- Philippe Schulligen
Exploring Projected Returns In A Real Estate Syndication
One of the most common questions that we get asked is, “If I were to invest $50,000 with you today, what kinds of returns should I expect?”
We get it. You want to know how hard real estate syndications can make your money work for you, and how passive real estate investing stacks up to the returns you’re getting through other types of investment vehicles.
In order to help answer that question, you should first know that we will be talking about projected returns. That is, these returns are projections, based on our analyses and best assumptions, but they aren’t guaranteed, and there’s always risk associated with any investment. The examples herein are only meant to provide some ballpark ideas to get you started.
In this article, we’ll explore the 3 main criteria you should look into when evaluating projected returns on a potential real estate syndication deal.
Three Main Criteria
Each real estate syndication investment summary contains a barrage of useful data. Focus on these core concepts:
1. Projected hold time
2. Projected cash-on-cash returns
3. Projected profits at the sale
Projected Hold Time: ~5 Years
Projected hold time, perhaps the easiest concept, is the number of years we would hold the asset before selling it. What this means for you is that this is the amount of time that your capital would be invested in the deal.
A hold time of around five years is beneficial for a few reasons:
1) Plenty can change in just five years. You could start and complete a college degree, move, get married, or ... you get the point. You need enough time to earn healthy returns, but not so much that your kids graduate before the sale.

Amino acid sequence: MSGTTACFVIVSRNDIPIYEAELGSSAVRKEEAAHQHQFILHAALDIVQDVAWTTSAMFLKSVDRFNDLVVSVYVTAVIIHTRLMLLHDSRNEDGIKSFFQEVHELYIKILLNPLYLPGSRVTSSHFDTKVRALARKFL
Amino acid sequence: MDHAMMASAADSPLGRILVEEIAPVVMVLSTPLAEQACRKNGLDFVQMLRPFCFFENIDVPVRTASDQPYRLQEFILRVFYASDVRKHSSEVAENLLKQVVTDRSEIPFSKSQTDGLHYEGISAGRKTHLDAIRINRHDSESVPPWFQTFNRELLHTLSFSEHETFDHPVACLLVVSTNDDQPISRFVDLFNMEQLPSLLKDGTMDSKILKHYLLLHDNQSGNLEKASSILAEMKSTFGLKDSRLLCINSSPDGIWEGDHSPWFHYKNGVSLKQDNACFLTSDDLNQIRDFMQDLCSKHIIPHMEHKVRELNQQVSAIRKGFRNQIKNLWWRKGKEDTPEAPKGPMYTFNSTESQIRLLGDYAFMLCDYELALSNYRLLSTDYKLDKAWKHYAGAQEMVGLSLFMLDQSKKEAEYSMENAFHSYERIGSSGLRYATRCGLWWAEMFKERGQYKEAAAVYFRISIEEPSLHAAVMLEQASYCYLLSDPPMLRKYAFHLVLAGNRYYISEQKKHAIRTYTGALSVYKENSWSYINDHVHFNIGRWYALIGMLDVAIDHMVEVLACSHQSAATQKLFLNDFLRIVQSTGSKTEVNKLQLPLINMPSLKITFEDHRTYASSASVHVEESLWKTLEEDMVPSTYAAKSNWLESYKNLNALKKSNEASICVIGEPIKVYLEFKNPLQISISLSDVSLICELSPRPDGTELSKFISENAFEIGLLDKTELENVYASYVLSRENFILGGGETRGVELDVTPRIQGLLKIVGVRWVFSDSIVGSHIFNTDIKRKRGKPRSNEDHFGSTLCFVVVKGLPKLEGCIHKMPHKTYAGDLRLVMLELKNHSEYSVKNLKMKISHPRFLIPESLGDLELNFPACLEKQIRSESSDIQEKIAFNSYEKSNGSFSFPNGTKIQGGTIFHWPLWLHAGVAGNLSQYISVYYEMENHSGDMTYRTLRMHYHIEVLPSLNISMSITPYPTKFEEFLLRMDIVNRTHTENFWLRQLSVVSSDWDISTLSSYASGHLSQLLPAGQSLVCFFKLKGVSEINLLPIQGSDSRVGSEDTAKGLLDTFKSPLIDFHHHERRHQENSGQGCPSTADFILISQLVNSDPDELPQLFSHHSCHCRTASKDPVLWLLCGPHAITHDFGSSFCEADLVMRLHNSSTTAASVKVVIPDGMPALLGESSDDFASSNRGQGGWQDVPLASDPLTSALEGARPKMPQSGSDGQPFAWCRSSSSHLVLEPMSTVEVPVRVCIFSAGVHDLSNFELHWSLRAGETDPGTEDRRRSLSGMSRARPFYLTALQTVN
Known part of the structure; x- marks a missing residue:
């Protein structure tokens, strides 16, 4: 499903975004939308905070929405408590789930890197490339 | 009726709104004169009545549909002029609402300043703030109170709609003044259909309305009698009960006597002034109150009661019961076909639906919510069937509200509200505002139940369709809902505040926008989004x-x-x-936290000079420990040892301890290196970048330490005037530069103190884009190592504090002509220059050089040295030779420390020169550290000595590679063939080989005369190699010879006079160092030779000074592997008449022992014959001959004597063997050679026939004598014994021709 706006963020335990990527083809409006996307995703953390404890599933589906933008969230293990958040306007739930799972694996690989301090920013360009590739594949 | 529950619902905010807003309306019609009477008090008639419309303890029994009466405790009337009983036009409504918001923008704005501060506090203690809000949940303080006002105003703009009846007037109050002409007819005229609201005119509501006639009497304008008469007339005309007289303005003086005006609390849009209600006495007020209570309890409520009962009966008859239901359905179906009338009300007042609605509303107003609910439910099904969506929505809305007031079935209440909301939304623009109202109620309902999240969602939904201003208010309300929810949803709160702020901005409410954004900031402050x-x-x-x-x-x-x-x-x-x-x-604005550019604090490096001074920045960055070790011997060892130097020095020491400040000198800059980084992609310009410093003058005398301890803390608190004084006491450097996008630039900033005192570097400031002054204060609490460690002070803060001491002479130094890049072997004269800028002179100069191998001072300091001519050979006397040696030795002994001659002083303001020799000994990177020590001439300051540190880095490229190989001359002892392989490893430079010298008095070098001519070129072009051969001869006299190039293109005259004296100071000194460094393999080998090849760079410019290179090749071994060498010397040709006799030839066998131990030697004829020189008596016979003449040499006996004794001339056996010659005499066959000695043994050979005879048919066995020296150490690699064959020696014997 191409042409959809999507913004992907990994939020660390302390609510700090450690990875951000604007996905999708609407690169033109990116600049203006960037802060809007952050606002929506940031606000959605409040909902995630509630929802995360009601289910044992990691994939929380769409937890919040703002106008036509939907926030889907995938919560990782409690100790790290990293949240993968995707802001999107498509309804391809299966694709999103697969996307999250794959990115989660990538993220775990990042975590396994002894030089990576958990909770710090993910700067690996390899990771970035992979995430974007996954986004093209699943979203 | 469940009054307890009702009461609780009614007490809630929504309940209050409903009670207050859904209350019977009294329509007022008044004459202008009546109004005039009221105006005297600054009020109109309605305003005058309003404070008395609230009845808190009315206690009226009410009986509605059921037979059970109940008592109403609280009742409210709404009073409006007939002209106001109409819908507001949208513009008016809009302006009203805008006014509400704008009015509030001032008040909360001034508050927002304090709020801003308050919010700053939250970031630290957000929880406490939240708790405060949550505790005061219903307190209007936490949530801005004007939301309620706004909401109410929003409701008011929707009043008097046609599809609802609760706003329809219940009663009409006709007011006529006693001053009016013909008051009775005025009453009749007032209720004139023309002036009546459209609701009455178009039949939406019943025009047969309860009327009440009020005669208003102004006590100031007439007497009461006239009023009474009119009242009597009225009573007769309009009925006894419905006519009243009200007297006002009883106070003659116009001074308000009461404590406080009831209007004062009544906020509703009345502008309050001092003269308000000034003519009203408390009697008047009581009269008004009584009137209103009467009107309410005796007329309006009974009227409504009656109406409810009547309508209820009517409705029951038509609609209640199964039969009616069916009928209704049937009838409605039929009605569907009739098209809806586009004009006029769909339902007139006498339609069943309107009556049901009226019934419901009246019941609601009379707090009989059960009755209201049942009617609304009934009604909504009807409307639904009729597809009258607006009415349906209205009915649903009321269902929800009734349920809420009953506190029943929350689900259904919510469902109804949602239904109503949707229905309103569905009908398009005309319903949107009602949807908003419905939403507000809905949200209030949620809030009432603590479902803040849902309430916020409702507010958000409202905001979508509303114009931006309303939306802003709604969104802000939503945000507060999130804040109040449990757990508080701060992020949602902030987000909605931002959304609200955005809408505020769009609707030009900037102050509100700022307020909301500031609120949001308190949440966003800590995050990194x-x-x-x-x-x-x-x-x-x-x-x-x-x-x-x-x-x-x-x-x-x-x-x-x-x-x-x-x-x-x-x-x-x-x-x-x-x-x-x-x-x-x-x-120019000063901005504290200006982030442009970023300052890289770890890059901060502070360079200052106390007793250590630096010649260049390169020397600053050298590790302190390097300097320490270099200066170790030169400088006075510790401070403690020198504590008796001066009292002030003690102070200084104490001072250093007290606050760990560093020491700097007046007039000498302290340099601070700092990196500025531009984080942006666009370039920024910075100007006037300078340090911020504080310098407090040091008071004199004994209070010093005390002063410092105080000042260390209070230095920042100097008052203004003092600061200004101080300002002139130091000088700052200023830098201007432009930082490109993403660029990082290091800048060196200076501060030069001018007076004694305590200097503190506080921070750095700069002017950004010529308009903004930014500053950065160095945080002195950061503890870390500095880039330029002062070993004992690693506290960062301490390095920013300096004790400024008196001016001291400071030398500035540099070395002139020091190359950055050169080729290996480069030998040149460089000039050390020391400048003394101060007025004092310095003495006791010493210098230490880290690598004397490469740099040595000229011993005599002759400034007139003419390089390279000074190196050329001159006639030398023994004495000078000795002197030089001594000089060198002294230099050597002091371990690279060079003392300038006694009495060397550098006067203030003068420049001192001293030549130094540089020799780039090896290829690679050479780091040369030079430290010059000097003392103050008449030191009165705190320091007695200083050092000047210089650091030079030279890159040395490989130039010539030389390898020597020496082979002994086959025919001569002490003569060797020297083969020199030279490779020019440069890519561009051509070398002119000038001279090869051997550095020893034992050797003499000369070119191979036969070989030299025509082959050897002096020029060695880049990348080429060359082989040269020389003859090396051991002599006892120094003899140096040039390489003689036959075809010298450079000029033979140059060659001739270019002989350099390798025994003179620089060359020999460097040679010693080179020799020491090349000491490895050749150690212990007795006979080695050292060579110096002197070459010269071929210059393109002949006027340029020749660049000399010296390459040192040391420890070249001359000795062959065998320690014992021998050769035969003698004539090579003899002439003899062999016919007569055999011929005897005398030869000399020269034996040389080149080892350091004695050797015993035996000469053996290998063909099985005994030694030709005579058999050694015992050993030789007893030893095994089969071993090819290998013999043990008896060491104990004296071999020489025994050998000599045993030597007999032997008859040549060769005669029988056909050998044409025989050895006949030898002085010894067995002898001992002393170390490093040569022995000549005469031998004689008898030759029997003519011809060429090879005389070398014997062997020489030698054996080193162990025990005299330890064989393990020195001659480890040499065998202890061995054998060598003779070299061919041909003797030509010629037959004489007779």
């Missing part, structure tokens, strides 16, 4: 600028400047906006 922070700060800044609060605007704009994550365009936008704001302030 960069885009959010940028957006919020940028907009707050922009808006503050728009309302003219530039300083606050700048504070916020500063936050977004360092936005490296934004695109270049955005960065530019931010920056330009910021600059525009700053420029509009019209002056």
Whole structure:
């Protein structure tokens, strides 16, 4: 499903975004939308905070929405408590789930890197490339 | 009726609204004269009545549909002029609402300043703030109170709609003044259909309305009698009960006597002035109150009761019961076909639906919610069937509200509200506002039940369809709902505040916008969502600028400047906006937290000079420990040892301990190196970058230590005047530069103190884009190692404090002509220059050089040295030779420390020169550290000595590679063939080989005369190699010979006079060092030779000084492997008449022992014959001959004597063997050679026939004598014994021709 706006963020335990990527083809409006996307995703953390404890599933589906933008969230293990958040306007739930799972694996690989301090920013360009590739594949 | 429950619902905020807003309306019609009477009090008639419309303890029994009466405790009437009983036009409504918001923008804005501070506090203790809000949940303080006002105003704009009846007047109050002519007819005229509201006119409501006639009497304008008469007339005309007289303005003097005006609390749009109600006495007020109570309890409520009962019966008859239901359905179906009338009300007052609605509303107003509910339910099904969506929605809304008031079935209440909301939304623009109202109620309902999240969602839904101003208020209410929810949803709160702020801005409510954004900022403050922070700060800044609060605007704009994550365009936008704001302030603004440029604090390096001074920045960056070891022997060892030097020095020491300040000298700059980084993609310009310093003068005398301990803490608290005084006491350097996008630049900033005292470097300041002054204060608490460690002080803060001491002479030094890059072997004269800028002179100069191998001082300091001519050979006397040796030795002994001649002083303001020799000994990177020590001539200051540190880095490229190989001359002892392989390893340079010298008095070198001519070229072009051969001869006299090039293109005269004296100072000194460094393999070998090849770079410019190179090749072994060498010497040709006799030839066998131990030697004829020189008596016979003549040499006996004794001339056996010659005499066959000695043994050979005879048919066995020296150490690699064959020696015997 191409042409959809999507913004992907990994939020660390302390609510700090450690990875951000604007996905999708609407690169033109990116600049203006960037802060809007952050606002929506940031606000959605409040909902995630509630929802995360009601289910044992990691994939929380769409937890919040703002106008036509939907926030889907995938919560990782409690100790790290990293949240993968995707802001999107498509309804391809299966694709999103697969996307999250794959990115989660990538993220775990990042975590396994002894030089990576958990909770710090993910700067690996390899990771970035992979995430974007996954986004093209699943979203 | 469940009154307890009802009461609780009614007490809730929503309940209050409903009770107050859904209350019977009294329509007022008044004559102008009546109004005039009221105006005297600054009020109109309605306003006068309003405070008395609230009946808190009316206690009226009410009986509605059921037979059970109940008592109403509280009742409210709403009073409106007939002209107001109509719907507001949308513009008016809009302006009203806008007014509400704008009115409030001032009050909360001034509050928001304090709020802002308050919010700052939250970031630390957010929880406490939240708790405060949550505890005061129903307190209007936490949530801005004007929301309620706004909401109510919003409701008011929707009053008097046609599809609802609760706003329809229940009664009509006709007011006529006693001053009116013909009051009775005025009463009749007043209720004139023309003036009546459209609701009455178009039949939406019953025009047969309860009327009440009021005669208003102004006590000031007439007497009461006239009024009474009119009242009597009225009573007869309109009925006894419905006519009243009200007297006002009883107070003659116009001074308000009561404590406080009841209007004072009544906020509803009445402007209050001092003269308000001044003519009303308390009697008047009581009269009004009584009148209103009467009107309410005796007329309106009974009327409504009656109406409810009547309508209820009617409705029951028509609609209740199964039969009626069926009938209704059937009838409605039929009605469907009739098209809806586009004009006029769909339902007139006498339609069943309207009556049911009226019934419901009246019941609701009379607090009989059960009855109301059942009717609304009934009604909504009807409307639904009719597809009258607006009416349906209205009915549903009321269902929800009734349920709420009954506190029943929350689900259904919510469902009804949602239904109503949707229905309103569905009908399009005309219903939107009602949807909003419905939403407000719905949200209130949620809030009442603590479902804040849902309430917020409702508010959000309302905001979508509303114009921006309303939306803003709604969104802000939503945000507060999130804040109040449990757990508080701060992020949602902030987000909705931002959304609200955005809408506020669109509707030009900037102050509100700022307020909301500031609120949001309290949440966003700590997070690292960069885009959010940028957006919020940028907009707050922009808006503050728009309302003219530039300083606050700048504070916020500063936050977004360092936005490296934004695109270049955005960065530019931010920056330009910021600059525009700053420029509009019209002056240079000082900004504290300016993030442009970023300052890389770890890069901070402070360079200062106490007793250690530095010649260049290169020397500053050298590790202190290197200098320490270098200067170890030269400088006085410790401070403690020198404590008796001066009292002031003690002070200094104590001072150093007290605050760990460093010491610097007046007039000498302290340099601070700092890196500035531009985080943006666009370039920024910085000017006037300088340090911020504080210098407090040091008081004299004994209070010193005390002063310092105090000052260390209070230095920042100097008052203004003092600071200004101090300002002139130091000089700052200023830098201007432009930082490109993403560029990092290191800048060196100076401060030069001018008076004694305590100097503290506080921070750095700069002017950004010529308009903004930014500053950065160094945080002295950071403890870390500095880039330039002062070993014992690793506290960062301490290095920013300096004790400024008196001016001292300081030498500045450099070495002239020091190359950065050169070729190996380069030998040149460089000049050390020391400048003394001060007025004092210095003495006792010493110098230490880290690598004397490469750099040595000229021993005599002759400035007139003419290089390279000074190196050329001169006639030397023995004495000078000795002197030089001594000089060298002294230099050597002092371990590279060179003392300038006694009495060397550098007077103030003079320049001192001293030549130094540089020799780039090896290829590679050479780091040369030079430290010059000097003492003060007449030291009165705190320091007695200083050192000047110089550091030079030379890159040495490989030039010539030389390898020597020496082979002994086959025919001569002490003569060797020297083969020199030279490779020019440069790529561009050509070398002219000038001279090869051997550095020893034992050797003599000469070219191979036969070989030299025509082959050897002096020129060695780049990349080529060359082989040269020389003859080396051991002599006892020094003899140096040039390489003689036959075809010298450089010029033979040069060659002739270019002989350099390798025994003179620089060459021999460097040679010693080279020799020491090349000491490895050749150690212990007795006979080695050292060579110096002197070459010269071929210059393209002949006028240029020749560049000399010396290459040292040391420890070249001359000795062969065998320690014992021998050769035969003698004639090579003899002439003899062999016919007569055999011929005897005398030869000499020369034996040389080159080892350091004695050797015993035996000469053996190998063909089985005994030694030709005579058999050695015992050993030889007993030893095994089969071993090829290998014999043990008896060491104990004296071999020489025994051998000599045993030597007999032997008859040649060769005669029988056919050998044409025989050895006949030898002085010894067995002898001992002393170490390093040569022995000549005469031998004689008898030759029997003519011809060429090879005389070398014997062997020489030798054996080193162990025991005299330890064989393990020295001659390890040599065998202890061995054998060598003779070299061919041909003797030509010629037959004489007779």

2) Considering market cycles, five years is a modest stint in which to invest, make improvements, allow appreciation, and exit before it’s time to remodel again.
3) A five-year projected hold provides a buffer between the estimated sale and the typical seven- to ten-year commercial loan term. If the market softens at the 5-year mark, we can opt to hold the asset for a longer period of time, allowing the market to rebound.
Projected Cash-on-Cash Returns: 8% Per Year
Next, consider cash-on-cash returns, otherwise known as cash flow or passive income. Cash-on-cash returns are what remain after vacancy costs, mortgage, and expenses. It’s the pot of money that gets distributed to investors.
If you invested $100,000, and earned eight percent per year, the projected cash flow would be about $8,000 per year or about $667 per month. That’s $40,000 over the five-year hold.
Just for kicks, notice the same value invested in a “high” interest savings account (earning 1%) over five years would earn a measly $5,000.
That’s a difference of $35,000 over the span of 5 years!
Projected Profit Upon Sale: ~60%
Perhaps the largest puzzle piece is the projected profit upon sale. Typically, we aim for about 60% in profit at the sale in year 5.
In five years’ time, the units have been updated, tenants are strong, and rent accurately reflects market rates. Since commercial property values are based on the amount of income generated, these improvements, along with market appreciation, typically lead to a substantial increase in the overall value of the asset, thus leading to sizeable profits upon the sale.
Summing It All Up
Simple enough, right? Typically, in the deals we do, we are looking for the following:
● 5-year hold
● 8% annual cash-on-cash returns
● 60% profits upon sale
Sticking with the previous example, you’d invest $100,000, hold for 5 years, collect $8,000 per year in cash flow distributions paid out quarterly (a total of $40,000 over 5 years), and earn $60,000 in profit at the sale.
This results in $200,000 at the end of 5 years – $100,000 of your initial investment, and $100,000 in total returns.
Double your money in just 5 years? I bet you can’t find a savings account like that!